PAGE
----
Powills: Public Relations is Not About Press Releases and Media Pick-Ups
Powills: Public Relations is Not About Press Releases and Media Pick-Ups

Somewhere along the teachings of what PR is and isn’t, some expert placed a high emphasis on press releases and the blasting of that news. Sure, that may have been the best practice at some point, when fax machines were still a means of communication, but today, public relations has morphed into som.....

Somewhere along the teachings of what PR is and isn’t, some expert placed a high emphasis on press releases and the blasting of that news. Sure, that may have been the best practice at some point, when fax machines were still a means of communication, but today, public relations has morphed into something much more powerful and robust. The old finish line is today’s starting point.

I had a client email me last week asking about how public relations will remain valuable, credible and influential as Google continues to reshape its algorithm to direct other types of content to the first page of the search. That question was something I have been preparing for – and, in fact, shaping my business around. The answer is found in adaptation.

Best practices change. Sure, many fundamentals remain the same. Hitters still swing a bat at the ball that pitchers throw. That hasn’t changed much. However, weight training (and, ehem, steroids), speed training, glasses and contacts, and recovery methods have adjusted the game of baseball in which the best practice used to have pitchers fighting to win 30 games in a season. That no longer exists.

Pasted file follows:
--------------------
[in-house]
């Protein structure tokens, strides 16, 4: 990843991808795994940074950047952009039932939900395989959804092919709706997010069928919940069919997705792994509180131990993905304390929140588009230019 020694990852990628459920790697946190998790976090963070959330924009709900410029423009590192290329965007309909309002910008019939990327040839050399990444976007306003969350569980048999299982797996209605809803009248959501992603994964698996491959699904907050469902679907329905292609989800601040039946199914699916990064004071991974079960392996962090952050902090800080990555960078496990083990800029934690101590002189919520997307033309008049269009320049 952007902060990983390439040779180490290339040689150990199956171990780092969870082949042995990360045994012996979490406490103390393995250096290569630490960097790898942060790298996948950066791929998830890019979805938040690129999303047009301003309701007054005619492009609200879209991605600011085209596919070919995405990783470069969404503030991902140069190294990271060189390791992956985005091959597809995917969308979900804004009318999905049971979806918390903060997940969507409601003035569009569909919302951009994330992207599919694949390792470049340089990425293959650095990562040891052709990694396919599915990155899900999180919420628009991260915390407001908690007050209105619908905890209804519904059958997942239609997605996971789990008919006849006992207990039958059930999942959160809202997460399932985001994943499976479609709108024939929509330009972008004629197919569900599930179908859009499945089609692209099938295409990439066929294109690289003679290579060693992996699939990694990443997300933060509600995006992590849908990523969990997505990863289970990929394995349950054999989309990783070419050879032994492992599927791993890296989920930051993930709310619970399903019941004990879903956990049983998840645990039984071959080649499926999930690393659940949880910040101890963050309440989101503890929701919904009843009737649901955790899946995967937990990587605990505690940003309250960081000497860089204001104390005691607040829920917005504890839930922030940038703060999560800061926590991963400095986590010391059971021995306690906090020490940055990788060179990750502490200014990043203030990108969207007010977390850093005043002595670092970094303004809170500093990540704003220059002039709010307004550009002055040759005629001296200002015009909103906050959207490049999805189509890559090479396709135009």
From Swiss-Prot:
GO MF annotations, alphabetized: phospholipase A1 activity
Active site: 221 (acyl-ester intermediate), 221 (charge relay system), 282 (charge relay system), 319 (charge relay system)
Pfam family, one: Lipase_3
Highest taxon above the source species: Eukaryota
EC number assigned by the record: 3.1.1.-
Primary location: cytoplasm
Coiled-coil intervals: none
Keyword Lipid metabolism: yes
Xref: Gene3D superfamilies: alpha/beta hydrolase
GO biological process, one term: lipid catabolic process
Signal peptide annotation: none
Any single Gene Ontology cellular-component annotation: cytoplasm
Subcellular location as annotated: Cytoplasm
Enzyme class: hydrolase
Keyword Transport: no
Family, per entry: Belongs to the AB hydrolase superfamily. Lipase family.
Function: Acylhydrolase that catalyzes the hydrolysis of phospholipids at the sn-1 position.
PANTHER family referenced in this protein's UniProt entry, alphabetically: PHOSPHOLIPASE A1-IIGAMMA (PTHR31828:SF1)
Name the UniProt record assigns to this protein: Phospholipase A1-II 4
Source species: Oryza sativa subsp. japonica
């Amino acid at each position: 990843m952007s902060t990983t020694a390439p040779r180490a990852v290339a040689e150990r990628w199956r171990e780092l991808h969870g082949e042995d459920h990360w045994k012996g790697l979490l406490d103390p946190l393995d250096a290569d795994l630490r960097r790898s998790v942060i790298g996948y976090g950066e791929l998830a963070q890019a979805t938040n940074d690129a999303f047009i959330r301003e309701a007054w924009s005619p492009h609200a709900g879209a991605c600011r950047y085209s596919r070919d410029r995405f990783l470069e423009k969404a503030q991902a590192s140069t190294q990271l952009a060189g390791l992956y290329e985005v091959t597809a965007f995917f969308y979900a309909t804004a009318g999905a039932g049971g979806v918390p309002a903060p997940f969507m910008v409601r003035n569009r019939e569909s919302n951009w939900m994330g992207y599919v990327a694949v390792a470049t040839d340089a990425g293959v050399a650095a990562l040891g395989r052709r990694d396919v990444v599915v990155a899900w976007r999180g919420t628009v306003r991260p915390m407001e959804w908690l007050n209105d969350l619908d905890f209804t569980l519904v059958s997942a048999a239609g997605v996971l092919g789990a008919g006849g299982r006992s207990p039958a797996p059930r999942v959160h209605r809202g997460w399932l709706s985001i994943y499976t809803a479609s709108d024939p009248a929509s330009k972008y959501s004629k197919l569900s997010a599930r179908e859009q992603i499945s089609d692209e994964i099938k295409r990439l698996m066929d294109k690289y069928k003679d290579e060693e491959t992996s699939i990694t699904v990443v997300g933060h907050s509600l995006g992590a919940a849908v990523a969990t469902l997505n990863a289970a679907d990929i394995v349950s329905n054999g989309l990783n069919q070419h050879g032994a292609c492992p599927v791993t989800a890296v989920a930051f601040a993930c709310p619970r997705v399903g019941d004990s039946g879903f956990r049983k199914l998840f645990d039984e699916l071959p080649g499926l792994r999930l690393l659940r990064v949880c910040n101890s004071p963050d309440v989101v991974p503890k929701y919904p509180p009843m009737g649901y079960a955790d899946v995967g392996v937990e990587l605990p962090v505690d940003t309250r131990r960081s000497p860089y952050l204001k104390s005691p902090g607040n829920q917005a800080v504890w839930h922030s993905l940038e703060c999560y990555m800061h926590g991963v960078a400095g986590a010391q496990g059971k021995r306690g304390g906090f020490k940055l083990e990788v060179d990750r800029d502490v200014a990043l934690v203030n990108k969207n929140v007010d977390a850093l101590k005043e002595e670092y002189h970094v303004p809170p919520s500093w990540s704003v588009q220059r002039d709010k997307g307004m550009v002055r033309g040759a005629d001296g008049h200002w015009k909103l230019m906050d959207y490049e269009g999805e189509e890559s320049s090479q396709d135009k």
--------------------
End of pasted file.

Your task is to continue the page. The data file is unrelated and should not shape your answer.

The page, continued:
Google is to PR as weight training was the baseball. Every time the figureheads over at Google get the idea to change something or adjust the way we do things, adaptation is a must – or else we would all bounce over to Bing or Yahoo. PR is the same. The shifts in Google simply mean PR agencies will have to slightly shift the way they deliver the news.

When it comes to brands finding success in PR, it’s much more than just the press release and media pick-ups, it’s about sustainability of credible messages – and increasing the amount of eyes on the buzz you create. Far too often, brands hire agencies and the PR stops at, “Hey, we have great news for you – we secured an awesome placement”. In reality, though, that should be the beginning.

Much like any campaign, each media hit should have a campaign connected to it – or a flow chart. Before a story is secured, there is prep work and planning that should go into it – especially if you are going to have a controlled message. That planning could be your agency identifying the right sources within your brand; writing a media pitch; practicing the media pitch on peers; preparing a media list; calling the media and selling them the story; following up again; getting a yes, I am interested in interviewing your source; calling the source and preparing them with expected questions, talking points and agenda planning (you should have an agenda prior to your interview); coordinating the interview; following up with the source and reporter for a follow-up punch list; sending over more material; monitoring for run date; and then when it runs, sending it to you.